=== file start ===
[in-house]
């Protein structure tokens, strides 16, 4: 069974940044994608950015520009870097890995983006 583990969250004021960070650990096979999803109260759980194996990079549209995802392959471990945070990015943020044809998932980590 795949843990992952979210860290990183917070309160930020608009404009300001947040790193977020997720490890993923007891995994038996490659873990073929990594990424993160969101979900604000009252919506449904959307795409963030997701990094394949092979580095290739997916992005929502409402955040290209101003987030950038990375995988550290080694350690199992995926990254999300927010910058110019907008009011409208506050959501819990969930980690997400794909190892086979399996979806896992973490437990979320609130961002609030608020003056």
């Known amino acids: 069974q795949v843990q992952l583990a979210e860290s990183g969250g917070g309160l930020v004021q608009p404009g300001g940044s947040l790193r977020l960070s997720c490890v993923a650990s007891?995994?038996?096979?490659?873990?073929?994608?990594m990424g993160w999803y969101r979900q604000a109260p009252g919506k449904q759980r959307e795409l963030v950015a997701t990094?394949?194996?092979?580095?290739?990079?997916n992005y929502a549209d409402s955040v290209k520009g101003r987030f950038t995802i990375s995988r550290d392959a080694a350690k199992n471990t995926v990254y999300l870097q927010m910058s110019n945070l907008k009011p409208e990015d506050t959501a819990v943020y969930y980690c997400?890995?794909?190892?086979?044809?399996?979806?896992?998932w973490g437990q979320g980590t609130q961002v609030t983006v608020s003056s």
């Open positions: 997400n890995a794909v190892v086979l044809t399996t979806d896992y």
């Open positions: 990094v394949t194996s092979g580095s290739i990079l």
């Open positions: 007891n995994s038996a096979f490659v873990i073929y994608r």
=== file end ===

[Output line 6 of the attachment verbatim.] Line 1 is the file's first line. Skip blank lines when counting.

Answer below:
């Open positions: 007891n995994s038996a096979f490659v873990i073929y994608r």